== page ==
So you want to send some emails? Great! I'm excited for you.
But ... (come on you knew something was coming) you need to make sure you are following best practices for sending out those emails. We'll examine the do's and don'ts of CAN-SPAM, the differences between transactional and commercial content, and email opt in practices. I promise it's not as boring as it sounds!
The CAN-SPAM Act is a law that sets rules for commercial email, establishes requirements for commercial messages, gives recipients the right to have you stop email them, and spells out penalties for violations. Here's a quick Do and Do Not list to follow.
Do These Things
- Identify the message is an ad. No deceptive messaging!
- Tell recipients where you are located. A mailing address is required in your email.
- Allow users to opt out of future messages AND honor those requests promptly (you have 10 days to comply).
Do Not Do These Things
- Use false or misleading from, to, reply-to or routing information. A recipient should be able to easily identify who is sending them an email.
- Use deceptive subject lines. The content inside the email must match the subject line.
Message Types and How CAN-SPAM Applies
There are two basic types of emails: commercial content and transactional/relationship content.
Commercial content is anything that advertises or promotes a product or service. Basically, if you are trying to sell something, it falls into this category.
Transactional content is any email that is required to facilitate a transaction or to update an existing agreement. Emails like order confirmations and tracking numbers are considered transactional information.
There may be a time when these two types are mixed, and you must to decide what the true purpose of your email is. The best way to determine is based on your subject line and how much of the message is dedicated to each type.
Violations aka You Didn't Follow the Rules of Engagement
Get ready to open your wallet wide if you don't comply with these rules. Each separate email in violation is subject to $46,517 in penalties. Let's do some quick math:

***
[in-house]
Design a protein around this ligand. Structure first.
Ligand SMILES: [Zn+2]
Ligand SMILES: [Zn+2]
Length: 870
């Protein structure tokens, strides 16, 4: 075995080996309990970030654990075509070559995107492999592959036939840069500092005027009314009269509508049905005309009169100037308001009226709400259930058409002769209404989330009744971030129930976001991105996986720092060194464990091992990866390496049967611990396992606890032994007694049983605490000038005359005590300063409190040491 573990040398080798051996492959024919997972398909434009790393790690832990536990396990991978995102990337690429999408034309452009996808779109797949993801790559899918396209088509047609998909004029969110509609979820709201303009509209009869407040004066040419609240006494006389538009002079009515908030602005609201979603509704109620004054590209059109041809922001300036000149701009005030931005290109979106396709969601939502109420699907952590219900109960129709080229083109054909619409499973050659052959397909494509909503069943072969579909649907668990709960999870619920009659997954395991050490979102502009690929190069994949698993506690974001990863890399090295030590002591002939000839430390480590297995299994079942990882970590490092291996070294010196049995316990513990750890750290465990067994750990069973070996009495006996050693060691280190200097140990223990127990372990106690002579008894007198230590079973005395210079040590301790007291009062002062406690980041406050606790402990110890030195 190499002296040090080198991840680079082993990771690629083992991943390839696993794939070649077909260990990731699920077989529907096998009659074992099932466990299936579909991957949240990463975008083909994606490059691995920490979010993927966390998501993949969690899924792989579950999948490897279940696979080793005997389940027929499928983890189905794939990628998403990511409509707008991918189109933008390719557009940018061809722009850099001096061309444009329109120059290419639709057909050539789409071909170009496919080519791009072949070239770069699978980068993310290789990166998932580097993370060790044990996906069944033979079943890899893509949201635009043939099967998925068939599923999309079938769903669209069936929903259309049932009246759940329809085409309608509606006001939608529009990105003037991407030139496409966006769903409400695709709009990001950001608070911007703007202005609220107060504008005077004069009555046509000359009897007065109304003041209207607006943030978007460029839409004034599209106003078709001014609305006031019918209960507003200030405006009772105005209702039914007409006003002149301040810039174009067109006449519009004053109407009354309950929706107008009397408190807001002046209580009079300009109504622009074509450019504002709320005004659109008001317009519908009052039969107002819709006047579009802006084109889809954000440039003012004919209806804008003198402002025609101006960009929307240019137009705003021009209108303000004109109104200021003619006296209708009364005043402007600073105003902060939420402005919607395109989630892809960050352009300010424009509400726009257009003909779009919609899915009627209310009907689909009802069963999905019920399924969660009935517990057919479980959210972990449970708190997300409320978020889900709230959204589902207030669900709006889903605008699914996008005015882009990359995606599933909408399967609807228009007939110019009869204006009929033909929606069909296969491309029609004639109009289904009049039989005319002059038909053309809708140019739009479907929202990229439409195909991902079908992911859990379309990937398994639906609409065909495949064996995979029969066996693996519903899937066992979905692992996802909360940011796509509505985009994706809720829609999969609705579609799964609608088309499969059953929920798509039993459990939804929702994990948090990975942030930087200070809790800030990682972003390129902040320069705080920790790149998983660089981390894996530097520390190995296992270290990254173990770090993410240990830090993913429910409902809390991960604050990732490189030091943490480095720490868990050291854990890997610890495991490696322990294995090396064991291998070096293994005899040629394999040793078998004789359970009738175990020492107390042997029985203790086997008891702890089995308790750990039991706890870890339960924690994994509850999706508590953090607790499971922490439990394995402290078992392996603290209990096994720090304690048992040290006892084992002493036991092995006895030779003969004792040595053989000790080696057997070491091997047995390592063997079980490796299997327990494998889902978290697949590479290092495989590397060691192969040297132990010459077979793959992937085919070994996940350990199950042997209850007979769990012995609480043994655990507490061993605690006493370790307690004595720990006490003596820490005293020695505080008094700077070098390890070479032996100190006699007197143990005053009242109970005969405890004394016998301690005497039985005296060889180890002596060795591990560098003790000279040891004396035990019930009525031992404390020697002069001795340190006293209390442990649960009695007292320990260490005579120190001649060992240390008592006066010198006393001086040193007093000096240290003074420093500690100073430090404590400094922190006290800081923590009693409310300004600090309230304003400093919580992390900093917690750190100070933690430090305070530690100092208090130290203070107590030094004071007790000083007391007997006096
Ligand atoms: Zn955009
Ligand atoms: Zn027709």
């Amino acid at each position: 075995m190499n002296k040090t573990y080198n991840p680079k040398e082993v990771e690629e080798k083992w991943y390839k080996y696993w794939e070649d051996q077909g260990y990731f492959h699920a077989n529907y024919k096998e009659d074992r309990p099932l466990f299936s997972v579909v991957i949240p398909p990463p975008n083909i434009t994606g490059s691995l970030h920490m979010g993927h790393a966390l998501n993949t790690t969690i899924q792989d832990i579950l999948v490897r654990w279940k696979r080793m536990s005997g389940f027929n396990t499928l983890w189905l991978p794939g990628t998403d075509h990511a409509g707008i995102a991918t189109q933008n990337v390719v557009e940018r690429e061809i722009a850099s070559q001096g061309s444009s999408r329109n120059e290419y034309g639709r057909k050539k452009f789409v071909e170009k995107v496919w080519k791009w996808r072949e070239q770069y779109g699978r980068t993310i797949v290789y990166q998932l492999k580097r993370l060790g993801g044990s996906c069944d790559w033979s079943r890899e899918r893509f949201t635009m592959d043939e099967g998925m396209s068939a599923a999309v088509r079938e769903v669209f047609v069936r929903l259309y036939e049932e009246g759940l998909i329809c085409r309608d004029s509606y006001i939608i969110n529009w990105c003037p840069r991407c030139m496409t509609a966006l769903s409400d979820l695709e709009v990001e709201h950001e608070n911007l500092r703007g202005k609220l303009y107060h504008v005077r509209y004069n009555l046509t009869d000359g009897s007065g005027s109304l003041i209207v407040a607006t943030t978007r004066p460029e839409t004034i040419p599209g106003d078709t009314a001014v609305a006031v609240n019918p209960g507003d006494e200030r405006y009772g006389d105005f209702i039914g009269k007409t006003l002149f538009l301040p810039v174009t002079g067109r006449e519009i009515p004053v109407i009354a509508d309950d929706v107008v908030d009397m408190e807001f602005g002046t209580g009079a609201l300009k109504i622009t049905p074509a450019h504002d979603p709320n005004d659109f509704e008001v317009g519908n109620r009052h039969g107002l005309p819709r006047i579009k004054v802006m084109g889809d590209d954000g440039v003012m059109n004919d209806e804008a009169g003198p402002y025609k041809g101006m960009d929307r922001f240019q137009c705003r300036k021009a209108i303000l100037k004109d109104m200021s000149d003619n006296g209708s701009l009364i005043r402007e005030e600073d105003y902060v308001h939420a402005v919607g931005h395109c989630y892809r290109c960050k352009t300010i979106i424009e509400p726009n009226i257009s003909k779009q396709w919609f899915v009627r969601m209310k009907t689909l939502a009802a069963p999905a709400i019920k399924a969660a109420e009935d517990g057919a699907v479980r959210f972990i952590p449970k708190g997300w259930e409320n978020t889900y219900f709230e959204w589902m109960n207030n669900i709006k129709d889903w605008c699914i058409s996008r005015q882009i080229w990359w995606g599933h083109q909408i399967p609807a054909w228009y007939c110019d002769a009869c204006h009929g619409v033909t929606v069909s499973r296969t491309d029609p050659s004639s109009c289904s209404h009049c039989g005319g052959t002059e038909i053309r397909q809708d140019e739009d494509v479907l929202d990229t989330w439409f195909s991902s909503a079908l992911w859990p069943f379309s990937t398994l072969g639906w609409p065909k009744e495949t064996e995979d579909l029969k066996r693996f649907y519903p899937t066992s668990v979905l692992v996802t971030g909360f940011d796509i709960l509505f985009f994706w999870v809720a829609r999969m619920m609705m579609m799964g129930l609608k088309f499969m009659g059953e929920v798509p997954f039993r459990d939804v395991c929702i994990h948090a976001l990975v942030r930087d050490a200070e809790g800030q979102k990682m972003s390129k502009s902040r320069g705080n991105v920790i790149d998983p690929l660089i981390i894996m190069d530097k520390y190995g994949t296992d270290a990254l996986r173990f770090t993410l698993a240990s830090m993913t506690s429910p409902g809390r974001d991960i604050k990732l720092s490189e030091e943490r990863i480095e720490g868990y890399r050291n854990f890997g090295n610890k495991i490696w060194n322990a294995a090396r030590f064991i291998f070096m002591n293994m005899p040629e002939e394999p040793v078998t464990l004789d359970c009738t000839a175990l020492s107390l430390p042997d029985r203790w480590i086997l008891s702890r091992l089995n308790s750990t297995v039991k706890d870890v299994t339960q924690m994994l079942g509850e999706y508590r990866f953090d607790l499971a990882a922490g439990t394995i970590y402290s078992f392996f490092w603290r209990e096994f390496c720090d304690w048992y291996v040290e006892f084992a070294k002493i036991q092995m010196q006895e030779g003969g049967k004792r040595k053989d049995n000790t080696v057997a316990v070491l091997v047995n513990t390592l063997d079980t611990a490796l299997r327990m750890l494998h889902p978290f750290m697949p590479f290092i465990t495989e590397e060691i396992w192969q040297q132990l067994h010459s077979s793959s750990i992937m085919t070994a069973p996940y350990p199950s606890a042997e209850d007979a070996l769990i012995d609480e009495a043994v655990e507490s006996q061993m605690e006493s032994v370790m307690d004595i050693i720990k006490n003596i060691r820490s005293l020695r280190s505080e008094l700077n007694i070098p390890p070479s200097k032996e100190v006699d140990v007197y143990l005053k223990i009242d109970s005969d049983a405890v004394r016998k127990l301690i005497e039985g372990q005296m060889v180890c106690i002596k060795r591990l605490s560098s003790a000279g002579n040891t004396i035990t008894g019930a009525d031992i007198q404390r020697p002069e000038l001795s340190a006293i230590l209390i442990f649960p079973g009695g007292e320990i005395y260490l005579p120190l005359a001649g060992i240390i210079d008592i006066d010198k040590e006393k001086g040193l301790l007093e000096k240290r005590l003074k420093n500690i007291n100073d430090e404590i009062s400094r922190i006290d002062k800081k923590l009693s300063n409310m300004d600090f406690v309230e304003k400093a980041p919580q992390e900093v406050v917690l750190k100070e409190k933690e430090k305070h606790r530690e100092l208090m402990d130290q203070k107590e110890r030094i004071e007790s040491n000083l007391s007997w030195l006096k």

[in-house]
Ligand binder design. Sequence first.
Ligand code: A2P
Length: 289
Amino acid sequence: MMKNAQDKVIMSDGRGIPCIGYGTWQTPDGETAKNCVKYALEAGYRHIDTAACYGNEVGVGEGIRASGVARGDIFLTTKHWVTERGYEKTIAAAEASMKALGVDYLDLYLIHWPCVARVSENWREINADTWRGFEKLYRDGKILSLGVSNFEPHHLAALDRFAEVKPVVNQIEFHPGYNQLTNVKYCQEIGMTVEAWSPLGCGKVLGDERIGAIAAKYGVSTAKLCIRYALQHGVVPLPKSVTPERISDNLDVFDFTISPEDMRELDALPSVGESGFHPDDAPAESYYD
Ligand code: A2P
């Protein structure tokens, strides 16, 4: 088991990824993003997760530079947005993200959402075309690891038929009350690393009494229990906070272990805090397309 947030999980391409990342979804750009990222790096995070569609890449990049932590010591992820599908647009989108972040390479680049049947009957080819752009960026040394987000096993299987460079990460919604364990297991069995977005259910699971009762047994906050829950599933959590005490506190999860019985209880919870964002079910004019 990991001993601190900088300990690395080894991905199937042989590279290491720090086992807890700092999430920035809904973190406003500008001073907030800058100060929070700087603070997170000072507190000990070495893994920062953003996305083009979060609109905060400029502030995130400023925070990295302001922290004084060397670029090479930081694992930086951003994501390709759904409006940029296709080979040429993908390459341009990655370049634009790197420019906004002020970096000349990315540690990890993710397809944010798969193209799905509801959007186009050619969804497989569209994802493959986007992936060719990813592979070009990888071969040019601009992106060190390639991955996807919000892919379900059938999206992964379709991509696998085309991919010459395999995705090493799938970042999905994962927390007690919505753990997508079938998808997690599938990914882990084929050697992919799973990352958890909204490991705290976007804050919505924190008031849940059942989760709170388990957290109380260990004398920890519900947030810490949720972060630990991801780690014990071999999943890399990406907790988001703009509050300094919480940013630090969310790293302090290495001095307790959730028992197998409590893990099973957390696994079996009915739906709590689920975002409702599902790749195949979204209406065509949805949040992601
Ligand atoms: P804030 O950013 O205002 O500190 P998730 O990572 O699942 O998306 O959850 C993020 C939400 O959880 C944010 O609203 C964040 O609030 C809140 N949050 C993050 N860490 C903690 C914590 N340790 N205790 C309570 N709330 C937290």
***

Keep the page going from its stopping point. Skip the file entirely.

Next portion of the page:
You send an email blast to 1,500 users and don't follow the rules and you are fined the maximum allowable amount.
1,500 x $46,517 = $69,775,500 (Yikes!)
You continue to break the rules once a week for the entire year.
$69,775,500 x 52 = $3,628,326,000
If your business has $3 billion to burn in fines to the FTC, maybe you should hire JH to help you out with your marketing and show you how to better spend those dollars.
Now this is an extreme case, and most companies that are fined are sending to way more than 1,500 people at a time. They are blasting messages every hour to hundreds of thousands of users and not allowing them to opt out, which triggers multiple complaints to the FTC for violating the rules.
Give This a Try: Opt In Emails
While email opt outs can bum you out when reviewing your statistics, consider this ... opt outs are probably never going to buy your product or service. By removing these people from your marketing lists mean you have a more targeted audience who will engage, buy, and recommend you to their friends. Those are the people you want to be talking to, so don't let opt outs hurt your feelings.
A good way to ensure you have an engaged subscriber is requesting that users opt in to receive emails from you. Don't assume because they filled out a form that they want to hear from you for the next five years. Users that opt in to receive messages from you are more likely to be brand advocates and repeat purchasers. Stop wasting time on the people who will never buy and focus on the ones who will. Not only that, but you'll save some money by not sending to users who don't want your messages in the first place!
Now go forth and have email sending success.